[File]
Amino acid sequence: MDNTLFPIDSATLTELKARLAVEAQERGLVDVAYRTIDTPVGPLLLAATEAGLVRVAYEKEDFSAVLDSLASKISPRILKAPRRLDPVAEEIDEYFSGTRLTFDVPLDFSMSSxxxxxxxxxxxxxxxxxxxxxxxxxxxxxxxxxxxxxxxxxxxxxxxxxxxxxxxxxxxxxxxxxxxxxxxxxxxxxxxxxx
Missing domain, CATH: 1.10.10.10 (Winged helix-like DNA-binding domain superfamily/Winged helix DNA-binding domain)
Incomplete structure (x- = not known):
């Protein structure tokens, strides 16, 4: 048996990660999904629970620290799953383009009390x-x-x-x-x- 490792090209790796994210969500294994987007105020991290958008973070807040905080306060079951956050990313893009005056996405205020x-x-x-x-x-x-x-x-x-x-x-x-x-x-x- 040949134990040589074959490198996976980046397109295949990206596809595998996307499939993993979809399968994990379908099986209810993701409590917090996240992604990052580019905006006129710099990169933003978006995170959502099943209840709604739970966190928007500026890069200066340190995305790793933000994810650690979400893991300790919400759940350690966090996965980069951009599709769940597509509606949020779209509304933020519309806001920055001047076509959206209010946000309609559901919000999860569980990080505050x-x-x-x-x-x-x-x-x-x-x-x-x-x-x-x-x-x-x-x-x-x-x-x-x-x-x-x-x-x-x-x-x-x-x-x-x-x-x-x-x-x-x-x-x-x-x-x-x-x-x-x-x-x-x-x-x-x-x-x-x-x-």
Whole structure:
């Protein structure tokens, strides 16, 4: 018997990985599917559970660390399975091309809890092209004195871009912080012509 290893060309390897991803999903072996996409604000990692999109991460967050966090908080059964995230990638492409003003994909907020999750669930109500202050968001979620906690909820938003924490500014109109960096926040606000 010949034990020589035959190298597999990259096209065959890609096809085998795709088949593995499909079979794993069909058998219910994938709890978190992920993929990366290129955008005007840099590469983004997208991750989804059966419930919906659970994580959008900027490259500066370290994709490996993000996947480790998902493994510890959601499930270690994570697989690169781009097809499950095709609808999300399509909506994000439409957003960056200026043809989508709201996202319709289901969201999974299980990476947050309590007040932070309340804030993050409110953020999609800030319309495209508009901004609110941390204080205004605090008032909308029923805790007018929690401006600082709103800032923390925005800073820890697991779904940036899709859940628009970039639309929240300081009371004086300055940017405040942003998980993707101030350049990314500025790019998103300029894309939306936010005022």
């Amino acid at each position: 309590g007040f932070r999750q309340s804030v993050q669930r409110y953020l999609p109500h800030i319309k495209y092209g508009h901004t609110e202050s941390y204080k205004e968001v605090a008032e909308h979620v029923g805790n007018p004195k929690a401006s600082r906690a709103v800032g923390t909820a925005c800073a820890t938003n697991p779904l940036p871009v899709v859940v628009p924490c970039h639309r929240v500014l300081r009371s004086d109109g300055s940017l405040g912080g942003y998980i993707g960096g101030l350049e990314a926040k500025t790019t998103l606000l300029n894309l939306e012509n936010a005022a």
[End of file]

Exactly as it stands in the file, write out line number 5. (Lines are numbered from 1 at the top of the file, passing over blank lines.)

Whole structure: